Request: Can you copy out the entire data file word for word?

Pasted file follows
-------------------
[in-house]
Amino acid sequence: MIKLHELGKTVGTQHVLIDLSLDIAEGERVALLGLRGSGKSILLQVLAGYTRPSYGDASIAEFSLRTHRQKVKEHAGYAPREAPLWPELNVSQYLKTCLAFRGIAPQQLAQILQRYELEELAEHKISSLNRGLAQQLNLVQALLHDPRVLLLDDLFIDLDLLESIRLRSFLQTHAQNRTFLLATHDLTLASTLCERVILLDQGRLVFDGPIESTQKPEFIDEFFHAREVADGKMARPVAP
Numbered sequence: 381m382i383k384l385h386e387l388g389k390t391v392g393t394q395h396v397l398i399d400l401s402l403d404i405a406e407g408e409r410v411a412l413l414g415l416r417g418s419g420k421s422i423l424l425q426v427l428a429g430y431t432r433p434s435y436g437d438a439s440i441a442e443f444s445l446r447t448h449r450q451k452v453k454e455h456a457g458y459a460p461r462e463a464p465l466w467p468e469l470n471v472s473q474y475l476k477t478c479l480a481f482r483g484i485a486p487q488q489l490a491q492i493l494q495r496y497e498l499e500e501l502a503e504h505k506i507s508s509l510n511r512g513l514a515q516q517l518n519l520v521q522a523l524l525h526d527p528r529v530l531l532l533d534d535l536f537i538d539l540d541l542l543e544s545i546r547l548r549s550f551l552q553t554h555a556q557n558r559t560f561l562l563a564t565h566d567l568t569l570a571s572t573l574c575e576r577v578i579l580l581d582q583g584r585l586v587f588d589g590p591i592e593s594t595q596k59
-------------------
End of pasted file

[in-house]
Amino acid sequence: MIKLHELGKTVGTQHVLIDLSLDIAEGERVALLGLRGSGKSILLQVLAGYTRPSYGDASIAEFSLRTHRQKVKEHAGYAPREAPLWPELNVSQYLKTCLAFRGIAPQQLAQILQRYELEELAEHKISSLNRGLAQQLNLVQALLHDPRVLLLDDLFIDLDLLESIRLRSFLQTHAQNRTFLLATHDLTLASTLCERVILLDQGRLVFDGPIESTQKPEFIDEFFHAREVADGKMARPVAP
Numbered sequence: 381m382i383k384l385h386e387l388g389k390t391v392g393t394q395h396v397l398i399d400l401s402l403d404i405a406e407g408e409r410v411a412l413l414g415l416r417g418s419g420k421s422i423l424l425q426v427l428a429g430y431t432r433p434s435y436g437d438a439s440i441a442e443f444s445l446r447t448h449r450q451k452v453k454e455h456a457g458y459a460p461r462e463a464p465l466w467p468e469l470n471v472s473q474y475l476k477t478c479l480a481f482r483g484i485a486p487q488q489l490a491q492i493l494q495r496y497e498l499e500e501l502a503e504h505k506i507s508s509l510n511r512g513l514a515q516q517l518n519l520v521q522a523l524l525h526d527p528r529v530l531l532l533d534d535l536f537i538d539l540d541l542l543e544s545i546r547l548r549s550f551l552q553t554h555a556q557n558r559t560f561l562l563a564t565h566d567l568t569l570a571s572t573l574c575e576r577v578i579l580l581d582q583g584r585l586v587f588d589g590p591i592e593s594t595q596k59